A Different Japan – All White This Time

25 Jan 2015
Email this to someoneShare on FacebookTweet about this on TwitterShare on TumblrPin on PinterestShare on LinkedIn

You are probably familiar with Hokkaido if you are a Murakami fan. That is the region in Japan that Murakami’s characters will either think of or actually travel up to just to leave behind the busy Tokyo. I can now understand why Hokkaido is always mentioned in Murakami’s books in one way or other. Anyone who has been to Hokkaido and who is emerged in some sort of art form or literature would probably not be able to get that place out of their minds. In winter, it is fully covered with snow and there are forest parts but there are also those parts where only couple of trees just stand up in the middle of an entirely white landscape – creating such impressive and dramatic views. Despite all of this, I initially had serious doubts about traveling up to Hokkaido as part of my second trip to Japan. I so badly wanted to go up there but the fact that I do not drive when traveling (I actually never drive), the weather reports, the limited public transportation options available in the winter and a description of the region as “even people living in Hokkaido die in the winter as they cannot find their way home because of snowstorms” by one of the photographers I reached out to while planing my trip made me seriously re-consider my decision. Fortunately, I was able to beat my occasionally emerging travel anxiety and decided to go as the photos I have seen of the area were so inviting and I was also able to contact a Japanese photographer (dear Abe-san running the website www.bieiland.com) online who agreed to give me a day tour of the Biei area with his own vehicle (well if you know me you would not be surprised to also find out that I and a team of co-workers conducted a detailed online investigation to make sure that this guy was okay – his hair style, forum discussions and family composition were throughly reviewed and analysed with the help of a Japanese colleague who contributed his sociological insights in relation to the Japanese culture).

Sisters.

My recent trip to Japan covered Tokyo, Hokkaido and the lovely Kyoto. I was not sure whether I would spend more time in Tokyo or I would also go down to Kyoto (as I have been there before) before I actually landed to Tokyo. I am happy to now have seen Tokyo not only because it makes me appreciate Kyoto even more but also it is a very different type of metropolis compared to the other usual suspects in that area. I however did not like Tokyo that much and the areas that I actually  liked (like Ropongi) were those where the concept of modern architecture is taken to a whole new level, very impressive for the architecture fans. Tokyo, just like Osaka, reminded me of the things about Japan that I always have hard time understanding/appreciating such as immense admiration of the western culture more on a product and consuming level rather than the substance of the culture and then those night lights (although great for photography) that I always feel like aim to divert the attention of the people and promote the cyber entertainment rather than the actual one, eventually leading to certain personal issues. So I decided to cut my stay in Tokyo relatively short and spend the last three days in Kyoto where I believe the Japanese culture is represented at its highest level and it is a place where I am reminded of everything I love about Japan such as modesty, simplicity, tranquility and patience.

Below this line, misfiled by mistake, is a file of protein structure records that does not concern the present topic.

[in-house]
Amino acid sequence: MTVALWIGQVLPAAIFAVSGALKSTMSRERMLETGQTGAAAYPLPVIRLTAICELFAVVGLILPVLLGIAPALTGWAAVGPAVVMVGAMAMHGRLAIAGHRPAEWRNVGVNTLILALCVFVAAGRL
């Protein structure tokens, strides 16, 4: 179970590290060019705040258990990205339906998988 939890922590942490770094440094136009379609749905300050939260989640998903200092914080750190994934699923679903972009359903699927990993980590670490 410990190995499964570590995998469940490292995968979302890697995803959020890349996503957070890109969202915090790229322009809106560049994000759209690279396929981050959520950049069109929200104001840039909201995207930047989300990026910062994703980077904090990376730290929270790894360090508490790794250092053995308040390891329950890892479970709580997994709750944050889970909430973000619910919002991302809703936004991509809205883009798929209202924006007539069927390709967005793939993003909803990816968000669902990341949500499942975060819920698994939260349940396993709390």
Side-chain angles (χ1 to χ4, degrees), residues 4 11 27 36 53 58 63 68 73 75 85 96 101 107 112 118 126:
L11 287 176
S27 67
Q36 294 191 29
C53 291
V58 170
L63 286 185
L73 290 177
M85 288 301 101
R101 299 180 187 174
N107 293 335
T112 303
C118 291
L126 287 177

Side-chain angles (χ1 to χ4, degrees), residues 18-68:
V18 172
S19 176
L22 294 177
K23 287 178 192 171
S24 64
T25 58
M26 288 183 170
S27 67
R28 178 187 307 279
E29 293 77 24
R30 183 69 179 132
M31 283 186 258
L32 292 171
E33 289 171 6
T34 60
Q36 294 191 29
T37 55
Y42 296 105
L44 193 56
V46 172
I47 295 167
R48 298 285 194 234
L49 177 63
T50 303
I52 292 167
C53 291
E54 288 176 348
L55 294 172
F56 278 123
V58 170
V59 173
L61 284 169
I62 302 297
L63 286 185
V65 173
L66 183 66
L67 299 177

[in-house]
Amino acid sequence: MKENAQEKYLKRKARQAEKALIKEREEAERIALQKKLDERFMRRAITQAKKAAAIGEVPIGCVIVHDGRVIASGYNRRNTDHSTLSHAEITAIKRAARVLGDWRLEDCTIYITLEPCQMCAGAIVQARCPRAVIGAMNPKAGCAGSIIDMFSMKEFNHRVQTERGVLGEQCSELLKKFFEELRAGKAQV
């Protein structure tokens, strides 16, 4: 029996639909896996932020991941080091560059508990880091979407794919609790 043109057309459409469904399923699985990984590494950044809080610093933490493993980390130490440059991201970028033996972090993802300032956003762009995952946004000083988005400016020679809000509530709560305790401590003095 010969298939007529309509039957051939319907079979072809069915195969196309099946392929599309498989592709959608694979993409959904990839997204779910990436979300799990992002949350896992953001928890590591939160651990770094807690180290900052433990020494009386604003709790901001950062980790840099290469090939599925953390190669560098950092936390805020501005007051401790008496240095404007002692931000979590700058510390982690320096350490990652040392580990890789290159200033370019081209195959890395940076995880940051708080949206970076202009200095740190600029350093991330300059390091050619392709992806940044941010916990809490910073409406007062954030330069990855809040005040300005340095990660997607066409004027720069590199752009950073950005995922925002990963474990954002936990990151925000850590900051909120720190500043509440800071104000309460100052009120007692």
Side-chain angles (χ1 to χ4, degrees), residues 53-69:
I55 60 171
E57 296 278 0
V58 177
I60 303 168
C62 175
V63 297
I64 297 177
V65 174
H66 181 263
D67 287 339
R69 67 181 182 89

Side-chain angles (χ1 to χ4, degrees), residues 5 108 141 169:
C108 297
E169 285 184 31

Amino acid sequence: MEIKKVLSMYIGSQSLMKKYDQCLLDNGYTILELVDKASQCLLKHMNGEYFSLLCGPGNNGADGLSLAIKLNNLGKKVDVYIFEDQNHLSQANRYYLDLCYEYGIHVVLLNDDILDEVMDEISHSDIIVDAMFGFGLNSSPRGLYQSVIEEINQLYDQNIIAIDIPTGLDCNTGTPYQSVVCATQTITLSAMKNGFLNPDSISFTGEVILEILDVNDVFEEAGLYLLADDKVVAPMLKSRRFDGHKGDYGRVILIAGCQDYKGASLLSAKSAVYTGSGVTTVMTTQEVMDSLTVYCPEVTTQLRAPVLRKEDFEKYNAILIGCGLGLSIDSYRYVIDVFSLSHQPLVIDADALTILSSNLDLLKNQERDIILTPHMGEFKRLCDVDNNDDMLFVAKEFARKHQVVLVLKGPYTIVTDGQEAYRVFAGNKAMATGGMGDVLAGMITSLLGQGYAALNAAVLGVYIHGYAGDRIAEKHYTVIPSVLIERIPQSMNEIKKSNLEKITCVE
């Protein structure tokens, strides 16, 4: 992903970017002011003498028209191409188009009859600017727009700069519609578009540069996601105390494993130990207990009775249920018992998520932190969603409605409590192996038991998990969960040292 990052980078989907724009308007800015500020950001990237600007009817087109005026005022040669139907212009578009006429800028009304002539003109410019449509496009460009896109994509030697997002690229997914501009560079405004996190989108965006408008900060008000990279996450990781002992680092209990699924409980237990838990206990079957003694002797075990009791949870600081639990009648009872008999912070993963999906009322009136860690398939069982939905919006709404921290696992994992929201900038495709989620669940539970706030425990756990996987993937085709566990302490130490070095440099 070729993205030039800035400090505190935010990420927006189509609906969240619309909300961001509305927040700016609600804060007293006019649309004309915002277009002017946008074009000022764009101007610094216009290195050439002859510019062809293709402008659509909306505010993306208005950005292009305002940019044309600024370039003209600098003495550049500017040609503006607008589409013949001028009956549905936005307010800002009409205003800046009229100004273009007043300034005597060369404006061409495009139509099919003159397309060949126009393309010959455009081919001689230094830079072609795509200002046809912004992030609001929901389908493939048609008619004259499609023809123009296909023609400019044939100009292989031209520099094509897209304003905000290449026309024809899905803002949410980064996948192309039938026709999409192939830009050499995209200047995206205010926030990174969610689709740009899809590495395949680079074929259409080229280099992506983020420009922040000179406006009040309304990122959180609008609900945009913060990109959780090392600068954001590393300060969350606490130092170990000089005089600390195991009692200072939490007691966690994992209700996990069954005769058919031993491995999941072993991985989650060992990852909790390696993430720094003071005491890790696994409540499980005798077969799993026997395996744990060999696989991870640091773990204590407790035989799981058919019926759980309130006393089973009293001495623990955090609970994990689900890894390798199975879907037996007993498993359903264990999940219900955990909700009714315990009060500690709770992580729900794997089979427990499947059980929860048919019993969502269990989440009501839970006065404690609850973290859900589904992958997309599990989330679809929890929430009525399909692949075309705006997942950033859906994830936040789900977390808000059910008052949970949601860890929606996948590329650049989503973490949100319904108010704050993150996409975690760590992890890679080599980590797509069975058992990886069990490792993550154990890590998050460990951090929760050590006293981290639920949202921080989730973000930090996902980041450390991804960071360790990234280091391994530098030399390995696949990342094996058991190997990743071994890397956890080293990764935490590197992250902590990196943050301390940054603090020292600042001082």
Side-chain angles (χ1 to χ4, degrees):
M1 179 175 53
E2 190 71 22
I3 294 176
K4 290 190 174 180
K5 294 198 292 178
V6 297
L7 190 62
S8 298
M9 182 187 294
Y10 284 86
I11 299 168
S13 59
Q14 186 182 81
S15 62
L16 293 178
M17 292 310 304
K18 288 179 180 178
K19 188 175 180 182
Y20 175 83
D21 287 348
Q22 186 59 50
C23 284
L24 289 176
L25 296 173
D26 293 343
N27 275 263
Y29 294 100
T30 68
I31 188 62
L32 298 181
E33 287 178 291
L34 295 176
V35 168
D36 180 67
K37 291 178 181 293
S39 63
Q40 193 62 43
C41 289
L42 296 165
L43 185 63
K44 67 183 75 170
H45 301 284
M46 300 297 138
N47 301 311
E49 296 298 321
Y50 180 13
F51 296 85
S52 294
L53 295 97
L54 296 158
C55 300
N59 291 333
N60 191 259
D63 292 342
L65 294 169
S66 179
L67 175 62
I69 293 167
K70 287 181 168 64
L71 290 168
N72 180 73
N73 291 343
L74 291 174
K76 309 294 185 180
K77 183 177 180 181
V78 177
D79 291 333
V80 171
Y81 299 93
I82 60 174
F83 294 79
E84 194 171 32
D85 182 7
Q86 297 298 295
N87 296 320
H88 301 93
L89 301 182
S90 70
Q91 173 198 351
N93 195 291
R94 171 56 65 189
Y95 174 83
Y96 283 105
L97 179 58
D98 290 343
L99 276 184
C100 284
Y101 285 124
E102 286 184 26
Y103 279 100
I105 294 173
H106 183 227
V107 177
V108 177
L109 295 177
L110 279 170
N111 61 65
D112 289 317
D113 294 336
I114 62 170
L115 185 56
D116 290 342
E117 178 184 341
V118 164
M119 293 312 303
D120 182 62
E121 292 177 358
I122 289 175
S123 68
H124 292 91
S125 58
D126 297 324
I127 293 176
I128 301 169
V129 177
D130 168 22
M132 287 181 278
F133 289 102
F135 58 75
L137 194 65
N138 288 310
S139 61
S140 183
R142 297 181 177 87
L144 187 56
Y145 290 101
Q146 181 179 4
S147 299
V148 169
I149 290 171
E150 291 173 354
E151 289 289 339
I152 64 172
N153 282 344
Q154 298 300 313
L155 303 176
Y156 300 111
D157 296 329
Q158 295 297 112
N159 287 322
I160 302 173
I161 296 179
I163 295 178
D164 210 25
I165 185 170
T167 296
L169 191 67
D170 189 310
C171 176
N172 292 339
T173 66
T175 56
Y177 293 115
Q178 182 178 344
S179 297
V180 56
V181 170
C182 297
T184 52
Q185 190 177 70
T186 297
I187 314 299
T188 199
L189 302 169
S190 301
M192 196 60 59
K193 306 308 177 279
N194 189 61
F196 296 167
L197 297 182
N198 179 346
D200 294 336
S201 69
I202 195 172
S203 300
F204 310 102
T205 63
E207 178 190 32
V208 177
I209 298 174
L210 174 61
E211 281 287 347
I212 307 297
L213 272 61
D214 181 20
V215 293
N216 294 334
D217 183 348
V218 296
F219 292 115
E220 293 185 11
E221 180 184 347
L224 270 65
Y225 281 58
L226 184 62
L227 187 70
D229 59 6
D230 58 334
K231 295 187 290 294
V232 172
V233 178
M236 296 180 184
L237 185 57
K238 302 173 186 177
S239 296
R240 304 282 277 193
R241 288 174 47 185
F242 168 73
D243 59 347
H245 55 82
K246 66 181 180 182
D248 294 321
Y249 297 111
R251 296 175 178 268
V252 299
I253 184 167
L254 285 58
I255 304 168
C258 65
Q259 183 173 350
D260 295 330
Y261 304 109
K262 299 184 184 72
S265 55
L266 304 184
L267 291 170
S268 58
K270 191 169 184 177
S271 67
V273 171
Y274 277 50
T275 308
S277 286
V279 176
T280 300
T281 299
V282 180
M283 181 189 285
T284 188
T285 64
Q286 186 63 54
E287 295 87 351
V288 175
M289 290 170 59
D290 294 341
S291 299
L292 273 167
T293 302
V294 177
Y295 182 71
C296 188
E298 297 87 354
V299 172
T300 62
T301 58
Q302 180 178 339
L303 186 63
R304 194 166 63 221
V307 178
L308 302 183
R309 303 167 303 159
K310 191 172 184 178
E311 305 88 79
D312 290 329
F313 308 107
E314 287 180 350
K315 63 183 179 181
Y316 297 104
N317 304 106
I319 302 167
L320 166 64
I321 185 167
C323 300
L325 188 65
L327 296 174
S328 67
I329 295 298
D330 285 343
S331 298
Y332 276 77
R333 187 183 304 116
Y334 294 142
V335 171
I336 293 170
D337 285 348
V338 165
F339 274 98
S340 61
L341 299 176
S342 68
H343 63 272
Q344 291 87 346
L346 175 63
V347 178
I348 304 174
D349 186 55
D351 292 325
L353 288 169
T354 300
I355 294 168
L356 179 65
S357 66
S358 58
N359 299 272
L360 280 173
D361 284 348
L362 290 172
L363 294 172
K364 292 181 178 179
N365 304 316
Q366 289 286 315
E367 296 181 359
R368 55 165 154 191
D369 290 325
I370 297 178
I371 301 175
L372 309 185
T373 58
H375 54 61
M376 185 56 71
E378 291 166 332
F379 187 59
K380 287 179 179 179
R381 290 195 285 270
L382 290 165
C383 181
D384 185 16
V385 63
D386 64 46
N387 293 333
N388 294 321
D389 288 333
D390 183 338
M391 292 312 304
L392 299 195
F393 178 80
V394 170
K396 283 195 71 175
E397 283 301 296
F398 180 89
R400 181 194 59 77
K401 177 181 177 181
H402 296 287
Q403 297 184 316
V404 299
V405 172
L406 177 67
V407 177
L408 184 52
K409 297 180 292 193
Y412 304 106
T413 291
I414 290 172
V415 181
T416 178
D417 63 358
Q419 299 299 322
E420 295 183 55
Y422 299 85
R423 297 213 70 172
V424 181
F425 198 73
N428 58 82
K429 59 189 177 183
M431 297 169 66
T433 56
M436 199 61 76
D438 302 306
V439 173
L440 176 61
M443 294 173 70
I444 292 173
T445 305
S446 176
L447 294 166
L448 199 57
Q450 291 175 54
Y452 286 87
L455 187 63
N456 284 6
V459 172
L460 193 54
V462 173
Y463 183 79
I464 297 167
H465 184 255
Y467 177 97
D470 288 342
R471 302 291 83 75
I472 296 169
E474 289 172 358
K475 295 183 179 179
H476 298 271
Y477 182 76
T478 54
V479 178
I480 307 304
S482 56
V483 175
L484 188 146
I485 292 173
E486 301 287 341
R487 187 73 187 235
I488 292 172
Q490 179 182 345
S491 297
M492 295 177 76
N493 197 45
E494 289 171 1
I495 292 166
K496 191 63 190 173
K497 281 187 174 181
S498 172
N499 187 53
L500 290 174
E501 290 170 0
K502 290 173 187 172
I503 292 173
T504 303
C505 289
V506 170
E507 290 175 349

Lonely tree.

Take this one as a general post about my second trip to Japan and I plan on writing separate post for each one of Hokkaido, Tokyo and Kyoto visits. Here is the link where you can reach my photos from this recent trip along with the ones that I took back in September 2012.  You may also notice some design changes to my blog that we implemented for the sake of further simplicity.

Skinny buddies.

  • Fittingly, Japan offers many popular destinations for snow seekers. While most of Japan’s major cities, including Tokyo, Kyoto and Osaka, receive only small amounts of snow, locations offering snow experiences are readily accessible from them. The snow season in Japan is long and in some places begins as early as November and lasts into May, with the peak being in February. Winter festivals involving snow and ice are held in cities and towns across the snow-rich regions of Japan. They present a fun way to enjoy the season for tourists and a pleasant distraction from the inconveniences caused by the snow for the locals.